What ‘tick, tick…BOOM!’ Means to Me as a Duchenne MD Survivor

A columnist explains how the film exemplifies the concept of crip time

Shalom Lim avatar

by Shalom Lim |

Share this article:

Share article via email
banner graphic depicting a person with long, flowing pink hair.

Warning: This column contains spoilers for the Netflix musical film “tick, tick…BOOM!”

In my last column, I wrote about my relationship with the concept of crip time, which addresses how time works differently in the lives of disabled people. Crip time has enabled me to accept who I am as a person with Duchenne muscular dystrophy after years of grappling with and questioning my socially assigned label of “disabled.” Since then, disability has become a source of pride for me and my identity.

Recently, I caught an episode of “The Daily Show” with Trevor Noah on YouTube. He announced a few weeks ago that he was stepping down as host of the show to pursue his dream life on tour and spend more time with his family in South Africa. In the “Beyond the Scenes” footage, he spoke about how time, unlike most other resources, is something that, once used, we can never get back.

This made me think about crip time, particularly my brother’s passing from Duchenne in December 2019. My life has never been the same.

Isaac’s demise was shocking to me. I recall him telling me in dreams to go and live my life well shortly after the funeral. I never got the chance to say goodbye or tell him I loved him before waking up to the news that he was gone. The years since have been the darkest and most excruciating of my existence.

Recommended Reading
30 Days of MD | Muscular Dystrophy News | Reader submissions | 30 Days of MD graphic

30 Days of MD: Time Is a Valuable Teacher in Grief

I’ve always heard the phrase “life is short” used in my social circles. But it didn’t feel so personal and real until my first close brush with death when I had severe pneumonia in 2011. This past July, I almost succumbed to severe dengue before writing and publishing my first column with MD News Today. At the same time, I’ve had to process my brother’s progressive health decline and have struggled to deal with his absence from my life over the last couple of years.

Crip time and ‘tick, tick…BOOM!’

Last year, “tick, tick…BOOM!” was released on Netflix. It’s a film adaptation of the semi-autobiographical musical created by the renowned late playwright Jonathan Larson, fondly remembered for his acclaimed Broadway musical “Rent.”

The movie focuses on Jon, played by Andrew Garfield, who is weeks out from his 30th birthday and living in SoHo. He struggles to balance adulting, love, his passions, and his desire to achieve his musical dreams before he turns 30.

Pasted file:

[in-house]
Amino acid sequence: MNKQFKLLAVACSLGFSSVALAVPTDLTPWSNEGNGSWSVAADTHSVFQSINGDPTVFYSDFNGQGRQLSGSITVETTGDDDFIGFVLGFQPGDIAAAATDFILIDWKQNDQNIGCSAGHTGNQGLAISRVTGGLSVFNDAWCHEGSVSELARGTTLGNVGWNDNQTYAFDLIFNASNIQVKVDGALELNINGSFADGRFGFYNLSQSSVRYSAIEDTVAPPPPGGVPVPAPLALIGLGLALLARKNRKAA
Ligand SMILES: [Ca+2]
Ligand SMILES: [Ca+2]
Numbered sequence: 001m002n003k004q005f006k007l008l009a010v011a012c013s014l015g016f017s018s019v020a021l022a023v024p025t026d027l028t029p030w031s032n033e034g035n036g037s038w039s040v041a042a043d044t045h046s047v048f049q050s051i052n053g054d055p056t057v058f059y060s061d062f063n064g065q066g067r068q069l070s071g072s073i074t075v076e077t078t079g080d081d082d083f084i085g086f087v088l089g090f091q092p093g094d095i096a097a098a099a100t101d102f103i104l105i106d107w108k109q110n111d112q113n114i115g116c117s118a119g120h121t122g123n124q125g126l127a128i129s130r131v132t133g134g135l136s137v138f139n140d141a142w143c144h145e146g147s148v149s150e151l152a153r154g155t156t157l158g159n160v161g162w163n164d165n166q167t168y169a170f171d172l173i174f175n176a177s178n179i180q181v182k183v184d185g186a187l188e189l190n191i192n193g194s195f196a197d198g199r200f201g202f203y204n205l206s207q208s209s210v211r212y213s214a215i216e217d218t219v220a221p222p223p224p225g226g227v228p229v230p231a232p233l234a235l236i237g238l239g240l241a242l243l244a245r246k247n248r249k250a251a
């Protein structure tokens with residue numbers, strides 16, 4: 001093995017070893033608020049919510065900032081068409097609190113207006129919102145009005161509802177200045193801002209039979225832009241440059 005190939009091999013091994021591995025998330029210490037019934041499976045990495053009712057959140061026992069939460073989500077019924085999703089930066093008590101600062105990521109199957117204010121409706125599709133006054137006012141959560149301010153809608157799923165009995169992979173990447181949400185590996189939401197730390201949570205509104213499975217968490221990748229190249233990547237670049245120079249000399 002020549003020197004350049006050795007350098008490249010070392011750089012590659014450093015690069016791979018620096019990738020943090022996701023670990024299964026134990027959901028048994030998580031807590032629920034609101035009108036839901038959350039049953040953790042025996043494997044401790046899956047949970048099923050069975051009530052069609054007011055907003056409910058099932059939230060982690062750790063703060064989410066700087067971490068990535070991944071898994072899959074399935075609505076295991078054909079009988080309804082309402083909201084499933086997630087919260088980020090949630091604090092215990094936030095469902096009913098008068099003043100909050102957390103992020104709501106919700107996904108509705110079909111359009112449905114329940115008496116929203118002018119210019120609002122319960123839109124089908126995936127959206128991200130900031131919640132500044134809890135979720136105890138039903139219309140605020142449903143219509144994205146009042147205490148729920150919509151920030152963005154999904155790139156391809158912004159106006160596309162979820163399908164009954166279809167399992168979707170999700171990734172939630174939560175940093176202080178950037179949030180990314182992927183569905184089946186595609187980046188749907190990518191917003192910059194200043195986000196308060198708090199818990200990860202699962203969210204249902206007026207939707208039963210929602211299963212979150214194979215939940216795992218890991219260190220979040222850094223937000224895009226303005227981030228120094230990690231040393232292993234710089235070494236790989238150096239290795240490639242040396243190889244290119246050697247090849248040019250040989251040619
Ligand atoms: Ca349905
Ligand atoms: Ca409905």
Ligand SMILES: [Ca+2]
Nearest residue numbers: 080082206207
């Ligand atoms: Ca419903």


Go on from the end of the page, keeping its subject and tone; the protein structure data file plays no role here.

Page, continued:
Since watching the film, I’ve repeatedly listened to its soundtrack. The themes expressed in tracks like “Come to Your Senses” and “Why” struck a deep chord within me. What resonates most is Larson’s intimate understanding of those he loved most, a rare gift not many people have.

“Come to Your Senses” is a romantic song meant to be performed by the female protagonist in Jon’s unproduced musical “Superbia,” which he workshops in “tick, tick…BOOM!” But it’s also a homage to his former long-term partner, Susan. Even if you’ve never been in a romantic relationship, the song has an uncanny way of depicting love as a powerful and universal emotion that transcends age and background. It deeply touches me and causes me to reflect on all of my relationships.

“Why” is a song about Jon’s lifelong friendship with Michael, who had just shared that he was HIV-positive, a death sentence at the time. The lyrics describe Jon’s fondest memories of Michael, from when they first performed together as children to being on the cusp of turning 30 and struggling for a big break.

After the song, Jon realizes that he must make the most of his time left with Michael and rushes to see him again, knowing his friend is distressed about his terminal illness. It may have been the last time Jon ever saw him, driving home the key thrust for me: I wish I had cherished the two weeks of my brother’s company before his unexpected departure.

Although Larson’s work has become well renowned, he never got the opportunity to witness his finest hour. He passed away at age 35 from a sudden aortic dissection the night before “Rent” opened off-Broadway in January 1996.

Larson may not have lived with a health condition as debilitating and disabling as muscular dystrophy. Still, like most Duchenne survivors, he lived a very short life compared with most in his generation.

Hence, I believe “tick, tick…BOOM!” is the perfect advertisement for crip time. It has spoken to me like no other film, encouraging me to pursue my dreams while I still can — like my brother would’ve wanted.

I’m turning 27 on Oct. 25, which means I’m only a few years away from my 30th birthday. I hope to have achieved something truly spectacular by then.

Note: Muscular Dystrophy News Today is strictly a news and information website about the disease. It does not provide medical advice, diagnosis, or treatment. This content is not intended to be a substitute for professional medical advice, diagnosis, or treatment. Always seek the advice of your physician or another qualified health provider with any questions you may have regarding a medical condition. Never disregard professional medical advice or delay in seeking it because of something you have read on this website. The opinions expressed in this column are not those of Muscular Dystrophy News Today or its parent company, BioNews, and are intended to spark discussion about issues pertaining to muscular dystrophy.


Derek Roper avatar

Derek Roper

Hi Shalom, nice article to read. I hope you achieve something spectacular by your 30th and I'm sure you will.


Leave a comment

Fill in the required fields to post. Your email address will not be published.